Disagreements Over the Best Method of Inpatient Care Provision

17
May 2016
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Providing mental health services is one of the most important roles a healthcare institution can fulfill, especially if a person is experiencing suicidal ideation. The right mental health care can save a life and can help to stabilize people with serious illnesses such as depression.  Unfortunately, not all healthcare providers are capable of offering appropriate services to people experiencing mental illness.

Part of the problem stems from disagreements over appropriate provision of care and the right methods to use for treating mental illness. WQAD recently reported, for example, on fights between hospitals over who is best capable of providing inpatient care and where the care should be provided. As hospitals and other healthcare service providers go back and forth on what help should be offered to patients, it is victims who often suffer because there is no clear plan for inpatient treatment which has been proven effective.

Disputes Over Providing Inpatient Care Can Harm Vulnerable Patients

WQAD reports a company called Strategic Behavior Health (SBH) is seeking to open a new mental health facility. SBH is already operating two psychiatric hospitals which treat patients using both inpatient and outpatient services, including a hospital called Peak View Behavioral Health. When SBH tried to open its third facility, the two largest local health systems objected.

The local health systems, UnityPoint Health Trinity and Genesis Health System, argued SBH would cherry-pick patients who could pay the most and would make it harder for existing facilities to provide appropriate mental healthcare services.  Local hospitals also believe inpatient care is outdated, while SBH agrees and asserts the benefits of inpatient treatment.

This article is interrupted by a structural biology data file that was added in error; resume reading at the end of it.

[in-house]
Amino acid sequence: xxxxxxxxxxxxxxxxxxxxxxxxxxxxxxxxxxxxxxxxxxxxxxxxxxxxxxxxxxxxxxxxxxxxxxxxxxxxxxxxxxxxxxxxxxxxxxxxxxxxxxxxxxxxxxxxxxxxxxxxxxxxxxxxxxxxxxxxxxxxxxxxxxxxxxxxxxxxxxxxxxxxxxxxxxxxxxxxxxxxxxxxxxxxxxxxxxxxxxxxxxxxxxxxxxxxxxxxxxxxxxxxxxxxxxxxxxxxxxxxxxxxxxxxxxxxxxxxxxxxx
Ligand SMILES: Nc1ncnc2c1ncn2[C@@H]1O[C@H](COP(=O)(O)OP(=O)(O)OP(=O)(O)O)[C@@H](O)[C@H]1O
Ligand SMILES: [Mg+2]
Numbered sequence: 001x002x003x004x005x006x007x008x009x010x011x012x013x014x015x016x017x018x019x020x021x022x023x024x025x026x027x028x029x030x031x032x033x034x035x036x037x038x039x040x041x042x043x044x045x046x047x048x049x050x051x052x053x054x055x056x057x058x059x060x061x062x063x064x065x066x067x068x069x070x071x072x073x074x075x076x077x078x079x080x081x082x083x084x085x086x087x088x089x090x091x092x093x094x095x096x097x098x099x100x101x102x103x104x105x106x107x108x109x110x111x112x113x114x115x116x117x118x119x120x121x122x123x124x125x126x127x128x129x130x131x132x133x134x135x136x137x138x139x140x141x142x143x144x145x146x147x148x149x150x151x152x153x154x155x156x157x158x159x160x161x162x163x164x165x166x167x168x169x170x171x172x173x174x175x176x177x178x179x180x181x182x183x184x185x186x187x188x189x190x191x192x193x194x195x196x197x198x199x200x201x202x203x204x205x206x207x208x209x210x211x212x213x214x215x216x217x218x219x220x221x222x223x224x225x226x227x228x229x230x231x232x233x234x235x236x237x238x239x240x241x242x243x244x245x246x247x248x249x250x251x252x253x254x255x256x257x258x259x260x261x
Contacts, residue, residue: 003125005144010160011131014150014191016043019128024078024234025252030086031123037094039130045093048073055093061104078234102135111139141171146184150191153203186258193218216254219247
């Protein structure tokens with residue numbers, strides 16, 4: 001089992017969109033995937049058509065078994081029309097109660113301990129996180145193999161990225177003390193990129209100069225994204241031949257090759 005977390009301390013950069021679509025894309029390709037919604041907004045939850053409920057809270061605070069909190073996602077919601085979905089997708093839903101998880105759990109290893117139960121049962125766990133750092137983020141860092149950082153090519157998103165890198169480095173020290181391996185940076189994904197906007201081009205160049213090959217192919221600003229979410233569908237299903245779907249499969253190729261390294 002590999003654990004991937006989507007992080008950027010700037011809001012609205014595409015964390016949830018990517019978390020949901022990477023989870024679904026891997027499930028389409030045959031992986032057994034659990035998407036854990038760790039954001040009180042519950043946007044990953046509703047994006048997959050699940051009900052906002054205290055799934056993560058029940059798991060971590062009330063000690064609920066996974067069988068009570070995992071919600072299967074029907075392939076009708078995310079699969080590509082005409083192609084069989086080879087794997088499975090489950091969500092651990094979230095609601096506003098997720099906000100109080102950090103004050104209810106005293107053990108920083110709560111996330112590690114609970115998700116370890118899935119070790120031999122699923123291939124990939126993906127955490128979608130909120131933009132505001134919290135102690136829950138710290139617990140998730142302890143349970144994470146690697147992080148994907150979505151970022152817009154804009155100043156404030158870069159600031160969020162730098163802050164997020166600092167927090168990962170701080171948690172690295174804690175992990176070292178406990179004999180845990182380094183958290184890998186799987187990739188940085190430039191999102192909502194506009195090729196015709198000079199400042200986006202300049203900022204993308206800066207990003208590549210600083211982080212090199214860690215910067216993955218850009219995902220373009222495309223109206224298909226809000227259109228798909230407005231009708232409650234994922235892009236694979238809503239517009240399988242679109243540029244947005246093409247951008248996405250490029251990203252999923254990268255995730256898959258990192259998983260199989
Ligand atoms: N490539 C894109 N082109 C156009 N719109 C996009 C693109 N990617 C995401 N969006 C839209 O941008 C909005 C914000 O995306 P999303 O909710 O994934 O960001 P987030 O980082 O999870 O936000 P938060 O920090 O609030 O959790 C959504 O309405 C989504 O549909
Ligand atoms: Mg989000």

In addition to concerns about the type of care and the cherry-picking of patients, there are also worries about whether there are enough doctors in the local area to provide staffing for all of the healthcare facilities who treat patients with mental illness.  One advocacy group, for example, indicated the problem with providing healthcare services locally is not a shortage of psychiatric beds but is instead a shortage of qualified psychiatric professionals.

Unfortunately, this disagreement means an inpatient facility which could provide important help in mental health care and suicide prevention may not be built or there may be a delay in building.  If there is a shortage of qualified caregivers, it also means facilities providing mental health services could be understaffed or unqualified staff members could be hired. When there is an inadequate level of staffing and/or staff members are not properly trained, patients will suffer.

This is an especially big risk for patients who are receiving treatment for suicidal ideation because it will be necessary for these patients to be carefully monitored. If an inpatient facility does not provide the supervision and help they need, the facility could be held accountable for malpractice if a patient is seriously injured or dies while receiving care.

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